Russia’s North Caucasus republic of Ingushetia is on track to ban all memorials to Joseph Stalin, in spite of concerns that such a ban would constitute an infringement on freedom of speech.
Local lawmakers came under fire when they proposed the law in February this year, facing sharp criticism from the Prosecutor’s Office, who claimed that the legislation was a violation of human rights. Earlier today, Russian news agency Interfax reported that Ingushetia’s lawmakers would continue to move forward with the bill, which unanimously passed its first reading in parliament, despite its critics.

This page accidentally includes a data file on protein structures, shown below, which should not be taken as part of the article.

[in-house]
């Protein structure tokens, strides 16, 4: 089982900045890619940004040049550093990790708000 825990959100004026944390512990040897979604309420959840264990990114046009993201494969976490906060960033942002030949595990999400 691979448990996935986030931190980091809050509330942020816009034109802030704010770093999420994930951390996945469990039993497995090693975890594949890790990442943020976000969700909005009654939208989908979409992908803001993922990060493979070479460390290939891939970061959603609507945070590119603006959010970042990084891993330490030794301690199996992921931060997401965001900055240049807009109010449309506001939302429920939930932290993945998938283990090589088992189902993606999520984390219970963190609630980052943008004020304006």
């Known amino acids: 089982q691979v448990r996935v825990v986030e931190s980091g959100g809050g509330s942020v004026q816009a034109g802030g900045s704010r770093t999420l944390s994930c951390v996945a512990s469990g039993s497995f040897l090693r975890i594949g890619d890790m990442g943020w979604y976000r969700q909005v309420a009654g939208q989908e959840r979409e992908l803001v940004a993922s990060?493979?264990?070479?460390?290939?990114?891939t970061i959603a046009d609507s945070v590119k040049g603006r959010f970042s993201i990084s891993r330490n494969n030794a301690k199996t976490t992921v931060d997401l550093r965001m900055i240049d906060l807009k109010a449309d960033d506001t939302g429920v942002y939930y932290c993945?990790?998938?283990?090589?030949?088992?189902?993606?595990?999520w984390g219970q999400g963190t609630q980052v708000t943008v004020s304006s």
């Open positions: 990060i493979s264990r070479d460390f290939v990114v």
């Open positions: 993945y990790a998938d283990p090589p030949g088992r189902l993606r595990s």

“Someone out there may have another opinion about the crimes of Stalin […] but we will go till the end, we will consider and adopt the law in any case,” the speaker of the Ingush parliament, Zelimkhan Yevloyev, told Russian newspaper Kommersant.
If signed into law, the bill would ban all memorials to Stalin, including public events held in his honour, portraits of the former Soviet leader in public spaces, and naming streets or buildings after him.
In 1944, the Ingush and Chechen populations of the North Caucasus were deported to Central Asia under Stalin. More than 500,000 people were forced to leave their homes, while many died either en route or in the harsh conditions of exile in Central Asia.